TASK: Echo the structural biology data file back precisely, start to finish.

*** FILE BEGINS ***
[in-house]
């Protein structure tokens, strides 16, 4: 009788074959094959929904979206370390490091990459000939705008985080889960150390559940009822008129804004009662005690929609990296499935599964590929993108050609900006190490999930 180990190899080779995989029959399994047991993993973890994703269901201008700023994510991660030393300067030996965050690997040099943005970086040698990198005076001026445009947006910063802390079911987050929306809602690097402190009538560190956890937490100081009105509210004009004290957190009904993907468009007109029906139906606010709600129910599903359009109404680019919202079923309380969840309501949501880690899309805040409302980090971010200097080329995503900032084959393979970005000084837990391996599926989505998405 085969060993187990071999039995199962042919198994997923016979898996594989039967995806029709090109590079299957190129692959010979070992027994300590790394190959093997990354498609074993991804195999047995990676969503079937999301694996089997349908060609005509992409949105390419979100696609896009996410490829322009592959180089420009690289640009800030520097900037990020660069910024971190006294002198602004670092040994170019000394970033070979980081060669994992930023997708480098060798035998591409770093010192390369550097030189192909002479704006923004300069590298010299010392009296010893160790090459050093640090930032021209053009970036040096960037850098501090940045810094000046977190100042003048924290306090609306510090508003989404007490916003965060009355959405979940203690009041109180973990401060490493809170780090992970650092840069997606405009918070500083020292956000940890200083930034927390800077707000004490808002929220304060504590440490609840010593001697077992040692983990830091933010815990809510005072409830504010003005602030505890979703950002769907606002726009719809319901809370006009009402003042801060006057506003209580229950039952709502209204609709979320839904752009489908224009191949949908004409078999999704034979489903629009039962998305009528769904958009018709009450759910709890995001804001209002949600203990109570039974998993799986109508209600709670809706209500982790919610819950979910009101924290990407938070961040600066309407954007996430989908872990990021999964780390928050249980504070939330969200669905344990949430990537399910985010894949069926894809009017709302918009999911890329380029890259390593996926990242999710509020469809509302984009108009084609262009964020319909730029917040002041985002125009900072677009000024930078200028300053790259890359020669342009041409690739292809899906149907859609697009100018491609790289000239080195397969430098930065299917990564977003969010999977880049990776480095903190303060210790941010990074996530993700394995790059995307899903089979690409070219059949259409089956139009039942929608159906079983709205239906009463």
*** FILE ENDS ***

[in-house]
């Protein structure tokens, strides 16, 4: 009788074959094959929904979206370390490091990459000939705008985080889960150390559940009822008129804004009662005690929609990296499935599964590929993108050609900006190490999930 180990190899080779995989029959399994047991993993973890994703269901201008700023994510991660030393300067030996965050690997040099943005970086040698990198005076001026445009947006910063802390079911987050929306809602690097402190009538560190956890937490100081009105509210004009004290957190009904993907468009007109029906139906606010709600129910599903359009109404680019919202079923309380969840309501949501880690899309805040409302980090971010200097080329995503900032084959393979970005000084837990391996599926989505998405 085969060993187990071999039995199962042919198994997923016979898996594989039967995806029709090109590079299957190129692959010979070992027994300590790394190959093997990354498609074993991804195999047995990676969503079937999301694996089997349908060609005509992409949105390419979100696609896009996410490829322009592959180089420009690289640009800030520097900037990020660069910024971190006294002198602004670092040994170019000394970033070979980081060669994992930023997708480098060798035998591409770093010192390369550097030189192909002479704006923004300069590298010299010392009296010893160790090459050093640090930032021209053009970036040096960037850098501090940045810094000046977190100042003048924290306090609306510090508003989404007490916003965060009355959405979940203690009041109180973990401060490493809170780090992970650092840069997606405009918070500083020292956000940890200083930034927390800077707000004490808002929220304060504590440490609840010593001697077992040692983990830091933010815990809510005072409830504010003005602030505890979703950002769907606002726009719809319901809370006009009402003042801060006057506003209580229950039952709502209204609709979320839904752009489908224009191949949908004409078999999704034979489903629009039962998305009528769904958009018709009450759910709890995001804001209002949600203990109570039974998993799986109508209600709670809706209500982790919610819950979910009101924290990407938070961040600066309407954007996430989908872990990021999964780390928050249980504070939330969200669905344990949430990537399910985010894949069926894809009017709302918009999911890329380029890259390593996926990242999710509020469809509302984009108009084609262009964020319909730029917040002041985002125009900072677009000024930078200028300053790259890359020669342009041409690739292809899906149907859609697009100018491609790289000239080195397969430098930065299917990564977003969010999977880049990776480095903190303060210790941010990074996530993700394995790059995307899903089979690409070219059949259409089956139009039942929608159906079983709205239906009463």